31 31 Research on Commonly Used Scented Products 25 commonly used scented products emit an average 17 chemicals each 25 commonly used scented products emit an average 17 chemicals each ¼ of emissions toxic or hazardous under at least one federal law ¼ of emissions toxic or hazardous under at least one federal law More than 1/3 emissions classified as potential carcinogens More than 1/3 emissions classified as potential carcinogens Only one of all the chemicals was listed on label or Material Safety Data Sheet (MSDS) Only one of all the chemicals was listed on label or Material Safety Data Sheet (MSDS) Products marketed as “green” or “organic” or “natural” emitted just as many toxic chemicals Products marketed as “green” or “organic” or “natural” emitted just as many toxic chemicals

32 32 Scent-free Policies & Practices Enhance public health Enhance public health Improve disability access Improve disability access Protective and inclusive Protective and inclusive Common sense strategy Common sense strategy Increasingly commonplace in the public and private sector Increasingly commonplace in the public and private sector

33 33 Federal Fragrance-Free Policies CDC Indoor Environmental Quality Policy, June 2009 Fragrance-Free Policy “Scented or fragranced products are prohibited at all times in all interior space owned, rented, or leased by CDC.” (p. 9) “Fragrance is not appropriate for a professional work environment, and the use of some products with fragrance may be detrimental to the health of workers with chemical sensitivities, allergies, asthma, and chronic headaches/migraines.” (p. 9)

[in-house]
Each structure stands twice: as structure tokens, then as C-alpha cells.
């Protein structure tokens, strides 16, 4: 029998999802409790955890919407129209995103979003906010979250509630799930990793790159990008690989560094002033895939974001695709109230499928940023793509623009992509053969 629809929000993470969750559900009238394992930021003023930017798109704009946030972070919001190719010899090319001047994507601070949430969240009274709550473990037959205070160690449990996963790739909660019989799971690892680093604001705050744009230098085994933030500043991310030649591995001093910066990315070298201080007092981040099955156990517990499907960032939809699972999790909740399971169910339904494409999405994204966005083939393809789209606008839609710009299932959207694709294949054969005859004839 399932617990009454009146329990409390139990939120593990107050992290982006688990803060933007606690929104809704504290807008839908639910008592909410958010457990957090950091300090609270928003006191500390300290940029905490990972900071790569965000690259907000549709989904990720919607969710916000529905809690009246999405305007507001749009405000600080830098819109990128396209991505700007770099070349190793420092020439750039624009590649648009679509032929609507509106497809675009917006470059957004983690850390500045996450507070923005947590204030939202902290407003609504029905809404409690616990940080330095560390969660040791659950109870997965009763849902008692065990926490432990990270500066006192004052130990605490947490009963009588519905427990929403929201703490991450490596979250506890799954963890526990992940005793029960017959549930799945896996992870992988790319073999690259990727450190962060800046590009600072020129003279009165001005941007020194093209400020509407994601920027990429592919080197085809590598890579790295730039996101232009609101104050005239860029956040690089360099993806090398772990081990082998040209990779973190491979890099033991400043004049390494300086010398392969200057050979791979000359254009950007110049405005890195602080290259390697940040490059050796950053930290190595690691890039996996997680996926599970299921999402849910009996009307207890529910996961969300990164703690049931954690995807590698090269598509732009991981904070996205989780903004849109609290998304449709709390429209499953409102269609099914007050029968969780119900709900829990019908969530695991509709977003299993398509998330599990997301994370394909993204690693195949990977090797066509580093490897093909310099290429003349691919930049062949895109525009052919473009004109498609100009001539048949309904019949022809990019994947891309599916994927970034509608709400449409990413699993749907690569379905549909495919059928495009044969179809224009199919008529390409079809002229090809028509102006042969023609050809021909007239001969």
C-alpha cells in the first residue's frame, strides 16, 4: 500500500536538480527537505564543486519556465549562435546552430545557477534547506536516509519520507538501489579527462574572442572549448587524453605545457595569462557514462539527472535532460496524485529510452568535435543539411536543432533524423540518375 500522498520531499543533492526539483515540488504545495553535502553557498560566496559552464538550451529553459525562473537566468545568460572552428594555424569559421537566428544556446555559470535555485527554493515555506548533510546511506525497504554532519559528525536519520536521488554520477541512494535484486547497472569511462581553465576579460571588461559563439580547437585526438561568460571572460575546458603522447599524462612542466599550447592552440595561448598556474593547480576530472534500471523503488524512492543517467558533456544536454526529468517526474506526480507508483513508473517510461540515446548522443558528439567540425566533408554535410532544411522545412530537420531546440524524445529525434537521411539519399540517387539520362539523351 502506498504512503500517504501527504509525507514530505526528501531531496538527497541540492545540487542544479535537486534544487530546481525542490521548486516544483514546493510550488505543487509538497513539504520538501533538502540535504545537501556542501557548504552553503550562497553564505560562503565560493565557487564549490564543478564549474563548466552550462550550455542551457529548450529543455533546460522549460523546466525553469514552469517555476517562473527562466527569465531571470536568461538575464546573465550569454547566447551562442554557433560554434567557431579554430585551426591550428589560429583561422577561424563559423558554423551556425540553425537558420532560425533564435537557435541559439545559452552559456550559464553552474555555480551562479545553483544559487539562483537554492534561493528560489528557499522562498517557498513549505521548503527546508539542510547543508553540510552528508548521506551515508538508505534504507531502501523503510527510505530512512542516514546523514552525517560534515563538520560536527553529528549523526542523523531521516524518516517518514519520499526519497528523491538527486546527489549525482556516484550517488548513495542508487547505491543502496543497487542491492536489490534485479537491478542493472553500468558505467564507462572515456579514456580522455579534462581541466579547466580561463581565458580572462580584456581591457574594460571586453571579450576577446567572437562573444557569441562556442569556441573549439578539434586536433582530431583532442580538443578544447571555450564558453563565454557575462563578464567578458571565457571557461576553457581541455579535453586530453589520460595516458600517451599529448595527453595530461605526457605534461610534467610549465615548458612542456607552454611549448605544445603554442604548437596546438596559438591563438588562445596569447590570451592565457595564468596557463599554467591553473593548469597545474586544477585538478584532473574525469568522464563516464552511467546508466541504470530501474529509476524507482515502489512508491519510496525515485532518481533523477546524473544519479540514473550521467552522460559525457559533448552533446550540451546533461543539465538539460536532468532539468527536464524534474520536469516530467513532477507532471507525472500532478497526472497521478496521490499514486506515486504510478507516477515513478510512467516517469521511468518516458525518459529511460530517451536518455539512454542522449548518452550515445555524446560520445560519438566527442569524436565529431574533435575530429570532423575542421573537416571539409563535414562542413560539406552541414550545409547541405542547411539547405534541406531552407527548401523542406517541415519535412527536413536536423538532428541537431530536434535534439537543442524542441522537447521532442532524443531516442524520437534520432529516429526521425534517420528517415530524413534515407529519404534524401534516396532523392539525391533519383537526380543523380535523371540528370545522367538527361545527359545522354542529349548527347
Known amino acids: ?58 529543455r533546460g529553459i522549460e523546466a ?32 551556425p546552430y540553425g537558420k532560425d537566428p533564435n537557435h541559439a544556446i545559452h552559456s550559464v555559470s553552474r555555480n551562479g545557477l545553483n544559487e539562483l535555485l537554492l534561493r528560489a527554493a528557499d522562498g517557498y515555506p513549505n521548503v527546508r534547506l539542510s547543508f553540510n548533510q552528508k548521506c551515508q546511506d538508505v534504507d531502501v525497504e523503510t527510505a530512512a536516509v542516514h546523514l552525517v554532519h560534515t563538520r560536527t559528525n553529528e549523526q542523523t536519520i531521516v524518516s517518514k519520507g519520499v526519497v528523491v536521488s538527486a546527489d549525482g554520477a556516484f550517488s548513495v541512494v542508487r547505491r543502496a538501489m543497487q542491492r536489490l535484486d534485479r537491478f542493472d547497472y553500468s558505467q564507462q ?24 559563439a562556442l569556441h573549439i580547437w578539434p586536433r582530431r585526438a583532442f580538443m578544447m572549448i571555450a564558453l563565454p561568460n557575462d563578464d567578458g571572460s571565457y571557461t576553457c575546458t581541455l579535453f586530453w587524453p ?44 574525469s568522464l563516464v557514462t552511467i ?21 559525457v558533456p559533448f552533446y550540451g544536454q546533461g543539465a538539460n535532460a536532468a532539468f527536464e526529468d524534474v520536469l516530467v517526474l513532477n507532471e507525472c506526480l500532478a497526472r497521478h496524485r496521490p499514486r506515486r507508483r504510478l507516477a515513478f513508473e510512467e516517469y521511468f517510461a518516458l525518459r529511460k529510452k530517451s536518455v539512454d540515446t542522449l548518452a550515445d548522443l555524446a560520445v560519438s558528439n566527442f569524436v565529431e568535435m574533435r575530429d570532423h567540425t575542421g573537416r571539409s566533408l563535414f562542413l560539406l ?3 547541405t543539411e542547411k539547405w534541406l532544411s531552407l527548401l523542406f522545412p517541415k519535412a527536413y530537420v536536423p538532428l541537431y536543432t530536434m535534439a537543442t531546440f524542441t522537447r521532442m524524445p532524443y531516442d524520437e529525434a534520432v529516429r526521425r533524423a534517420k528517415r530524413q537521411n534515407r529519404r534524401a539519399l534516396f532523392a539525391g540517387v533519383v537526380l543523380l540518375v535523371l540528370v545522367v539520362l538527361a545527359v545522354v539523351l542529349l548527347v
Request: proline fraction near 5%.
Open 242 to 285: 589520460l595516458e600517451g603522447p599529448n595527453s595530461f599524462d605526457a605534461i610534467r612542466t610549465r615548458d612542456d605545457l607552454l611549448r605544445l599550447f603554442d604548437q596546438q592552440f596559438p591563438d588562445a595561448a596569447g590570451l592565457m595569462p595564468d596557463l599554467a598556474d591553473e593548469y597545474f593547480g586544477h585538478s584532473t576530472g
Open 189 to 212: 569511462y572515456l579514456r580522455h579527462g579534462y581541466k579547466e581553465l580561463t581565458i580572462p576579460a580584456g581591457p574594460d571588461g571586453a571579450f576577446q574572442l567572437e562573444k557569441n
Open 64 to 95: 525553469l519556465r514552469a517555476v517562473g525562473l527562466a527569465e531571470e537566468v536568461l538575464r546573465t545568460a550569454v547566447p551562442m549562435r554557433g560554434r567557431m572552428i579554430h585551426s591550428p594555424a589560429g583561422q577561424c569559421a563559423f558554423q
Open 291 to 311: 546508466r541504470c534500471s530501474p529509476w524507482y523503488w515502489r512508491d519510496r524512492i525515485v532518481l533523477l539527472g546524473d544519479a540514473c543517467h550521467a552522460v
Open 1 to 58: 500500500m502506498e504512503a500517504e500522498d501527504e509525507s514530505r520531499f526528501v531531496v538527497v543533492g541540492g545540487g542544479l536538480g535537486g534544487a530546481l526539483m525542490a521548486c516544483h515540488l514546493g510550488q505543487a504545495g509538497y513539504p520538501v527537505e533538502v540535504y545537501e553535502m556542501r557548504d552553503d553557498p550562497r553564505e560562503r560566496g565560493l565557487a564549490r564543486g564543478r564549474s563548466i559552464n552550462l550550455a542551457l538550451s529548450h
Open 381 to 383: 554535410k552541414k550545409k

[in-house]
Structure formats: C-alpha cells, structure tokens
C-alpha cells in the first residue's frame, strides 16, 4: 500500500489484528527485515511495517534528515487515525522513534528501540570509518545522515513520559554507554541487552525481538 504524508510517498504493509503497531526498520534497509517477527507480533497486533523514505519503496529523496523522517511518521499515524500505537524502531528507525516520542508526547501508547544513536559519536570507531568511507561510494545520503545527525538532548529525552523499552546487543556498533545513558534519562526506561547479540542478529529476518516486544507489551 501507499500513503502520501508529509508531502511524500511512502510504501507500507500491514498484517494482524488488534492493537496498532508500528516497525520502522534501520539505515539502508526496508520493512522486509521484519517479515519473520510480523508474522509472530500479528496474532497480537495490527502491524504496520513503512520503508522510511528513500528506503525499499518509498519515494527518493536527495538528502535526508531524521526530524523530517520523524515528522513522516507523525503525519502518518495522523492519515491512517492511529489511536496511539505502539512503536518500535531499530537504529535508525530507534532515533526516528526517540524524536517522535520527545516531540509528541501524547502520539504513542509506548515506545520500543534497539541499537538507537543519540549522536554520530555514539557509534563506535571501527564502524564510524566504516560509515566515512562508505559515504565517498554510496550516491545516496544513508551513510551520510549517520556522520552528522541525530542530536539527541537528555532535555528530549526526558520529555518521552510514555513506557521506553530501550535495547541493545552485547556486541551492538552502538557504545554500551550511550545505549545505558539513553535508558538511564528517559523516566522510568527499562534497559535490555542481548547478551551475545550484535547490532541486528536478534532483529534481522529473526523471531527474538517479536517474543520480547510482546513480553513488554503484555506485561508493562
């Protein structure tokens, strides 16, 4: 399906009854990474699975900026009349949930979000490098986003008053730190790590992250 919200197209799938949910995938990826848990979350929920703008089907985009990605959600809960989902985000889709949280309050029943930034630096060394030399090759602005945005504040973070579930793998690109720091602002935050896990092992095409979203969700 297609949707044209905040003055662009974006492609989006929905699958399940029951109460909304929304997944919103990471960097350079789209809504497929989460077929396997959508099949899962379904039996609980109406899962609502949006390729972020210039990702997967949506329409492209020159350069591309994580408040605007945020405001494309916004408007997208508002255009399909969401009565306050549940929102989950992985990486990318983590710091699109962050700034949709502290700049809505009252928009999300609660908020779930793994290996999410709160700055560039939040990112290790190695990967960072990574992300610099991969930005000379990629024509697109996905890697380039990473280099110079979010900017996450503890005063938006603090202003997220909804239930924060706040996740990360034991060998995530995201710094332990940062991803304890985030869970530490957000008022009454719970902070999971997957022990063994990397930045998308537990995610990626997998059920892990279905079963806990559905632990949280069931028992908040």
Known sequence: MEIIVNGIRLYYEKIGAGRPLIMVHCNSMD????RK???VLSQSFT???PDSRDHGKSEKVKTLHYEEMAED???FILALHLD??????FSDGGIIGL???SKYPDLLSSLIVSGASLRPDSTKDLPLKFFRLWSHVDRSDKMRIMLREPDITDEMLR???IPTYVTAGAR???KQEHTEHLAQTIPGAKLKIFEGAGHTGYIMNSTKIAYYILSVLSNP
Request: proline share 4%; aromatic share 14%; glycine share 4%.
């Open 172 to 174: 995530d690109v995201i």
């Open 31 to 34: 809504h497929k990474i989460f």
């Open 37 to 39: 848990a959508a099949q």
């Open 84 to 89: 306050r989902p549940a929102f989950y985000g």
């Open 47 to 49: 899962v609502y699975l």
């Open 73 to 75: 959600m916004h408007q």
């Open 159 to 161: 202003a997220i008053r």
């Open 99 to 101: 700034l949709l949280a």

34 34 CDC Non-Permissible Products CDC Non-Permissible Products Incense, candles, or reed diffusers Incense, candles, or reed diffusers Fragrance-emitting devices of any kind Fragrance-emitting devices of any kind Wall-mounted devices, similar to fragrance- emitting devices, that operate automatically or by pushing a button to dispense deodorizers or disinfectants Wall-mounted devices, similar to fragrance- emitting devices, that operate automatically or by pushing a button to dispense deodorizers or disinfectants Potpourri Potpourri Plug-in or spray air fresheners Plug-in or spray air fresheners Urinal or toilet blocks Urinal or toilet blocks Other fragranced deodorizer/re-odorizer products Other fragranced deodorizer/re-odorizer products

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36 36 NCEHS Fragrance-Free Proposals: White House Disability Policy Office White House Disability Policy Office GSA GSA FEMA FEMA FEMA proposal additionally includes a fragrance- free policy for personal care products and cleaning and maintenance supplies for emergency management and disaster relief

37 37 U.S. Access Board 1999 Holds training for Board and staff on fragrances 2000 Adopts Fragrance-Free Policy for Board Meetings Creates committee to examine CS/ES 2003;2007 Contracts with National Institute of Building Sciences to study indoor environmental quality (IEQ) and CS/ES 2006 Issues “Indoor Environmental Quality Project Report” Opens permanent meeting space designated fragrance-free: all participants refrain from perfume and cologne; unscented personal care products; scent-free cleaning and maintenance (July 2010)